by NRA Staff - Thursday, June 13, 2013
It has been said that imitation is the sincerest form of flattery. If true, Colt’s Single Action Army (SAA) revolver might be the most fawned over firearm ever. Known as the Model P or Peacemaker, Colt’s SAA was designed for the U.S. government service revolver trials of 1872. In subsequent years, soldiers, lawmen, cowboys and outlaws would make it the most iconic firearm of the American West. The fascination and appeal of the revolver has not diminished, which is why Century Int’l Arms, a company that partners with overseas manufacturers to bring interesting firearms stateside, is offering the 1873 Single Action Millennium Revolver.
Manufactured by Italy’s Pietta, the gun imitates the third generation Colt’s SAA, which has been available since 1976. The test revolver had a 5½-inch barrel and a case-colored frame. The remaining metal surfaces were deeply blued and the general fit and finish were well executed, as there were no proud areas, nor external milling or finish marks.
Those looking for an authentic clone of Colt’s SAA might be a tad disappointed in anything but the real McCoy. That is because, to some, the patent markings that appear on the Colt’s are aesthetically pleasing. Outwardly, the Italian copy does look like an original Colt’s, and it will fool all but the most savvy at arm’s reach. One internal area where the 1873 Single Action Millennium revolver does mirror the Colt’s is in that it too has a round recoil plate machined and set into the breech face. There’s also the distinctive four clicks—one for each letter in “Colt”—when the hammer is cocked.
The trigger pull was consistent at 5 pounds with absolutely no creep or take up, and overtravel measured about 1/8 inches. We prefer a pull weight of around 4 pounds; however, the crispness of the 1873’s trigger left little to be desired. The action was also smooth. After 200 rounds the cylinder was marked around its circumference by the bolt.
A nice surprise was that the revolver was sighted-in perfectly straight out of the box. Always a concern with a fixed-sight single-action revolver, no alteration was necessary; at 10 yards the revolver delivered bullets dead-on to an inch low with all loads tested. Another pleasant discovery came during accuracy testing at 25 yards. The average for five consecutive, five-shot groups with three loads measured 1.86 inches; for a $375 revolver, we were quite pleased.
With “bench” testing completed, we fired 10 shots from the 1873 Single Action Millenium Revolver at a 12x18-inch steel target at 50 yards from the standing position and achieved seven hits. Likewise, at 100 yards from the prone position, we scored six strikes—impressive to say the least.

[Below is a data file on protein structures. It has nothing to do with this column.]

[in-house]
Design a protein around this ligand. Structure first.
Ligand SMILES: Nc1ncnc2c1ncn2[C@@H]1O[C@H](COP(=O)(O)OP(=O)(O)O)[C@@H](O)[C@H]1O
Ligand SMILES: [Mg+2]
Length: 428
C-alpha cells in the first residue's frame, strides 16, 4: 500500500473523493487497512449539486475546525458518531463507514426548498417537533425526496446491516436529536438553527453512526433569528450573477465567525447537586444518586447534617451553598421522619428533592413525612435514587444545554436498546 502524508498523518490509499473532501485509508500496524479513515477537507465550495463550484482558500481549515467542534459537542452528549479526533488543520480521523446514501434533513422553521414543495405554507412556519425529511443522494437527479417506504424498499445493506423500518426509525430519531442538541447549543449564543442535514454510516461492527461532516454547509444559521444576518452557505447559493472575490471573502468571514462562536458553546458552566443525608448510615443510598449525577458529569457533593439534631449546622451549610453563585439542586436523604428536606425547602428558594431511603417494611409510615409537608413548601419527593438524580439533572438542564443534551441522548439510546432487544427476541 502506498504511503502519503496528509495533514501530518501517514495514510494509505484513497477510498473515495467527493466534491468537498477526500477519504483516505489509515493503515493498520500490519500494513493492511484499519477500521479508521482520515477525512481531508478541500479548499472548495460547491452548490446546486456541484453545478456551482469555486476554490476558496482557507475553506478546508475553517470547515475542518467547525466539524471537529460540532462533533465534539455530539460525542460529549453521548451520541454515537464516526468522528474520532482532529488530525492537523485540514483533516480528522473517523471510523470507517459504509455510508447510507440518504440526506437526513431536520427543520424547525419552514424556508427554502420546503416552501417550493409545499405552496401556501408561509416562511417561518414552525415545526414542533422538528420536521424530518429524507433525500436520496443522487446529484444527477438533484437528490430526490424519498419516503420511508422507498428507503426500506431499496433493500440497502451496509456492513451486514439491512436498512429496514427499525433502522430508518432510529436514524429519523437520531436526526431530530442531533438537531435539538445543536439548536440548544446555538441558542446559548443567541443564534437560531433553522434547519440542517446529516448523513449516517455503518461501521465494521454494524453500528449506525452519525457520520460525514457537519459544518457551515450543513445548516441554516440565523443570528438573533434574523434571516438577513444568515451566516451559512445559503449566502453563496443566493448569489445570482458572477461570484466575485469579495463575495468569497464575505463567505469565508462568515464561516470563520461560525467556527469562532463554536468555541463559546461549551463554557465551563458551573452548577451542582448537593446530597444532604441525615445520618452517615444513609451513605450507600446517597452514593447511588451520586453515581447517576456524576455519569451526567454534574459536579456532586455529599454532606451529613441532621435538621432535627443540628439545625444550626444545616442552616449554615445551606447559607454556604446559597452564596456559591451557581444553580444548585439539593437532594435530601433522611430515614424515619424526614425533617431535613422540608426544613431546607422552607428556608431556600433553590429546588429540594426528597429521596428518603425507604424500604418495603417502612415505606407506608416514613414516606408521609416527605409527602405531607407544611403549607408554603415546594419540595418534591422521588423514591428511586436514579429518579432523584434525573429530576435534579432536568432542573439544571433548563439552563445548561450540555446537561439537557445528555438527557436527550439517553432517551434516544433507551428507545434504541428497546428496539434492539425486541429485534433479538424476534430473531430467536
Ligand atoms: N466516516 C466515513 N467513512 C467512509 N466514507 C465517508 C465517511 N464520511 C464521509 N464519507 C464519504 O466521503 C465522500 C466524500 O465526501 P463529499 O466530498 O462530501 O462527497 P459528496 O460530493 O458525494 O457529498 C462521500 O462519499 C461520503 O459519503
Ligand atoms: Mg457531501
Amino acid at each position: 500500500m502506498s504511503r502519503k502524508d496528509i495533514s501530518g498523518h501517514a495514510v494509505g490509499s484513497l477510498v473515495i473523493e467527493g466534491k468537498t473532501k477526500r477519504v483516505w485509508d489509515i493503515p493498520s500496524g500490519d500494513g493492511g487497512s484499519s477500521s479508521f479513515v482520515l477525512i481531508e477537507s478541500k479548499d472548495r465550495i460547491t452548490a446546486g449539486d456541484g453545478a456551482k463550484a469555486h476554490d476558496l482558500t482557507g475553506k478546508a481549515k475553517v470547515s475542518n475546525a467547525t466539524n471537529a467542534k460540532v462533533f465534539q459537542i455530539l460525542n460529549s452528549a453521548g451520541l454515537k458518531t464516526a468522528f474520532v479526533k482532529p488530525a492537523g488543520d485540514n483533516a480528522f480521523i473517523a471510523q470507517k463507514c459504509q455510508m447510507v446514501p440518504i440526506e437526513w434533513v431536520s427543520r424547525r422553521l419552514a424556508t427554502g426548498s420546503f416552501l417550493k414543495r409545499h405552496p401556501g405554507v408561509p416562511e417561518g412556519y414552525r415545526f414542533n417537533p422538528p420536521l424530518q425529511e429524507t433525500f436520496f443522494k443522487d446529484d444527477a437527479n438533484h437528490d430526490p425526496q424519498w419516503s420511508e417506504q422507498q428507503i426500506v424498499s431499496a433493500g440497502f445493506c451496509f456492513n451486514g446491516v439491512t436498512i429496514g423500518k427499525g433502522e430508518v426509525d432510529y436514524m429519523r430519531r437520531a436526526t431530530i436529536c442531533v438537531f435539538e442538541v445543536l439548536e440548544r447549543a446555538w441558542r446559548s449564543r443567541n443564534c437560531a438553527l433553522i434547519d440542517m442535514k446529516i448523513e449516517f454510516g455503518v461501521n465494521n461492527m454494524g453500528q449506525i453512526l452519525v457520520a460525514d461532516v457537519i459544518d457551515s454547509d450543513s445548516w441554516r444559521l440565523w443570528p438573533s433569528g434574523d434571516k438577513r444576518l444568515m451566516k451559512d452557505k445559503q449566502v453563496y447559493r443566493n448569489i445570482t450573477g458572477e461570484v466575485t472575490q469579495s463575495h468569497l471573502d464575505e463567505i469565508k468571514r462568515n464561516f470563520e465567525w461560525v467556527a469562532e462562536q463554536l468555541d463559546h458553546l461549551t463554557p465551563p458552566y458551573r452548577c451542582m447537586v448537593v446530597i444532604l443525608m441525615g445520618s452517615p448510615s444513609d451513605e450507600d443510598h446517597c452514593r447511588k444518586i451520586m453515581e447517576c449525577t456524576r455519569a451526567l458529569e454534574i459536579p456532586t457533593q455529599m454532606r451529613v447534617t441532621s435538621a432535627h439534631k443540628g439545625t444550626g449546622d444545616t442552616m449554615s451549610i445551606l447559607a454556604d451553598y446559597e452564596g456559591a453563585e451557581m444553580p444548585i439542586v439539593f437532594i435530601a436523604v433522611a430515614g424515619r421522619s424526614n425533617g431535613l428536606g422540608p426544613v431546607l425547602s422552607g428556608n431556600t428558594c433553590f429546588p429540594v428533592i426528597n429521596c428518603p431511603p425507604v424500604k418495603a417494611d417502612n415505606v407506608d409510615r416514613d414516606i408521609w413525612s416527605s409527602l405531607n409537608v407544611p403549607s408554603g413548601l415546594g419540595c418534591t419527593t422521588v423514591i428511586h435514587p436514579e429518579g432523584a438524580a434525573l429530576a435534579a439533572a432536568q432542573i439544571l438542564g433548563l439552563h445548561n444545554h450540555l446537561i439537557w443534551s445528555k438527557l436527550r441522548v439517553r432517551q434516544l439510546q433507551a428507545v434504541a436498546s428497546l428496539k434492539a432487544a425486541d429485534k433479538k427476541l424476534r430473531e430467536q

Concerning the ammunition, we noted inconsistent velocities during testing. With the Federal and Winchester loads, velocities were about 200 fps slower than advertised; however, the Sellier & Bellot load, touted as reaching 708 fps was spot-on. Consistency with regard to velocity was found only with the Winchester load.
Concerning functioning, only after becoming exceptionally dirty were there issues, and even then, they were reserved to Sellier & Bellot loads binding the rotation of the cylinder and making it difficult—not impossible—to cock. There were also some case size inconsistencies with the Sellier & Bellot ammunition, which likely exacerbated the problem. And, in some instances, the claw on the hand would scar the case’s head. None of these issues were present with the Winchester loads.
In addition to the 1873 Single Action Millennium Revolver we evaluated, there are other variants offered by Century Int’l Arms, including 4¾- or 5½-inch-barreled versions and those in .357 Mag. A less expensive version with a bead blasted, matte finish is also available in each configuration.
For those interested in cowboy-action shooting or looking for an inexpensive recreational revolver, the Century Int’l Arms 1873 Single Action Millennium Revolver represents a tremendous value. In fact, given its performance, it’s likely one of the best deals going for a clone of the famous Peacemaker.
Manufacturer: F. A.P. F. Lli Pietta SNC, Italy
Importer: Century Int’l Arms, Inc.; (800) 527-1252; centuryarms.com
Caliber: .45 Colt (tested), .357 Mag.
Action Type: single-action center-fire revolver
Frame: case-colored steel; bead-blasted blue available
Barrel: 5½" (tested), 4¾"
Rifling: six-groove, 1:16" RH twist
Cylinder Capacity: six
Sights: grooved topstrap and fixed blade front
Trigger: single-stage; 5-lb. pull
Overall Length: 11"
Weight: 35 ozs.
Stocks: walnut-stained hardwood
Accessories: owner’s manual
Suggested Retail Price: $375
E-mail your comments/questions about this site to:
For questions/comments about American Rifleman magazine, please e-mail:
You can contact the NRA via phone at: NRA Member Programs
To advertise on American Rifleman, visit nramediakit.com for more information